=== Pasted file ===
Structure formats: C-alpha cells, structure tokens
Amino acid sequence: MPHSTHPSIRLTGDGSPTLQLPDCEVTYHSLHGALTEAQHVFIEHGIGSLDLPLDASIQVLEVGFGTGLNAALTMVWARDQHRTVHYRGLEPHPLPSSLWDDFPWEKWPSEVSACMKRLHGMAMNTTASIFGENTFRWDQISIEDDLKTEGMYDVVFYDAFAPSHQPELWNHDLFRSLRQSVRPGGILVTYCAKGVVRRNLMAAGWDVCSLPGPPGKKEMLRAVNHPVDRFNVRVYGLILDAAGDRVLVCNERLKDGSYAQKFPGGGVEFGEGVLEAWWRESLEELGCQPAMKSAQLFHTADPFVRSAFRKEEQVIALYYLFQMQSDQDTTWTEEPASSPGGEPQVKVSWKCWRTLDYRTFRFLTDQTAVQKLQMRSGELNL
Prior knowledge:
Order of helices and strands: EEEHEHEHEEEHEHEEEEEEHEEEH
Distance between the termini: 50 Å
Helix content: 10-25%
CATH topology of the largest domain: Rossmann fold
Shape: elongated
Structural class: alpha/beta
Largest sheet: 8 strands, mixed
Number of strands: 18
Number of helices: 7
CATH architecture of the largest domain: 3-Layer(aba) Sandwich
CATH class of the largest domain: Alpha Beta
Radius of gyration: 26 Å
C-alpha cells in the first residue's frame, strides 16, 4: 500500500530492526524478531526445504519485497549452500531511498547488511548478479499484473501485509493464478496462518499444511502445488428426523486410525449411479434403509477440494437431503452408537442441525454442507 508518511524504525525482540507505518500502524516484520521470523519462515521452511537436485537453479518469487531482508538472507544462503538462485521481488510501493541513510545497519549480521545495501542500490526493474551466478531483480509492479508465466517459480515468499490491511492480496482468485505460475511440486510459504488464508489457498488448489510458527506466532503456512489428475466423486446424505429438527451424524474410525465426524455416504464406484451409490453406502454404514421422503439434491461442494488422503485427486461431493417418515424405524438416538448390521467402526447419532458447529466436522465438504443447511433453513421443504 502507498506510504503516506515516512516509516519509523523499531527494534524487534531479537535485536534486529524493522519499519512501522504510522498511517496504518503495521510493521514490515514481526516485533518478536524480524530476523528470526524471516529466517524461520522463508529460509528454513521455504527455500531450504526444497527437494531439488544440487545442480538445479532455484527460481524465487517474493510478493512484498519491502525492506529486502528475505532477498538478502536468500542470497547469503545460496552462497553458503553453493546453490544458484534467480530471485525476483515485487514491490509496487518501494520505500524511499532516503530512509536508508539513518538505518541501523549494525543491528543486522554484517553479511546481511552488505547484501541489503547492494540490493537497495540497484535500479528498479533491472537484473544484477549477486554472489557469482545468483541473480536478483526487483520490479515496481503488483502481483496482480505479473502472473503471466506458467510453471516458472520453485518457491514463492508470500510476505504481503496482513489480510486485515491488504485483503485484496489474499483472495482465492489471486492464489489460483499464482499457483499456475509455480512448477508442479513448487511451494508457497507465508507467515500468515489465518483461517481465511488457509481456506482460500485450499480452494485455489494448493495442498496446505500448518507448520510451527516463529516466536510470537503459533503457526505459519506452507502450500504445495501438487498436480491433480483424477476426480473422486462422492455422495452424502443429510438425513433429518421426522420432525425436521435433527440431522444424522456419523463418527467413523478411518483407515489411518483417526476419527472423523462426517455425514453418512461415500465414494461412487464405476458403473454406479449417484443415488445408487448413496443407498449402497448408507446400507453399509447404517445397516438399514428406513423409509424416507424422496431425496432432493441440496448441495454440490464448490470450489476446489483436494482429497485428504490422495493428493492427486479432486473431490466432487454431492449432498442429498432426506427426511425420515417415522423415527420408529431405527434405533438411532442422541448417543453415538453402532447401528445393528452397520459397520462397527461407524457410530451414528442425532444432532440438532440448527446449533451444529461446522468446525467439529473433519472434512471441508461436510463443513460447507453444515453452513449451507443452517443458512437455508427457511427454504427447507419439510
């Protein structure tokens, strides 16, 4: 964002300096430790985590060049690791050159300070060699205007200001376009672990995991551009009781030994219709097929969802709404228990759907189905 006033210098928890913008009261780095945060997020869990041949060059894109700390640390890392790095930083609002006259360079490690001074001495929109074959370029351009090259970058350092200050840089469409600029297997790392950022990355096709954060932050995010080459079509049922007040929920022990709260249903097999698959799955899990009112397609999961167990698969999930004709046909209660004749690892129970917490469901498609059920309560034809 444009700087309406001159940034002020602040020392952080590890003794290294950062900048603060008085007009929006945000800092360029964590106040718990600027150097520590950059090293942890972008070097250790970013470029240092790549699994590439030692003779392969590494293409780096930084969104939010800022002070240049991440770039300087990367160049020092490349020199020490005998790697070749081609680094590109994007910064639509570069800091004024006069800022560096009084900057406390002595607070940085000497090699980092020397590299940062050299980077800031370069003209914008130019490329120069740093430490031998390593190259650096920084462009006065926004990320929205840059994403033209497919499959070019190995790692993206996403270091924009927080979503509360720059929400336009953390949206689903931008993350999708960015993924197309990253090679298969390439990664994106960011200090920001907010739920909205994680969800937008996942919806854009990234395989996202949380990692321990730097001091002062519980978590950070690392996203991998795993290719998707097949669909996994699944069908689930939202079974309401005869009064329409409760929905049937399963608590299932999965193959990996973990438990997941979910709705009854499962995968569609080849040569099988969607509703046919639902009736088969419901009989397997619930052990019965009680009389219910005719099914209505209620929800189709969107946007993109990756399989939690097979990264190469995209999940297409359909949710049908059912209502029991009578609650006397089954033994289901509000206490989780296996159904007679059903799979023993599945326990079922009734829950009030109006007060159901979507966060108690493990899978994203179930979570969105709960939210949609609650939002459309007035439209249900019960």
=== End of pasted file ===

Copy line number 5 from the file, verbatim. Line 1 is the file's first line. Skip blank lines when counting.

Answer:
Distance between the termini: 50 Å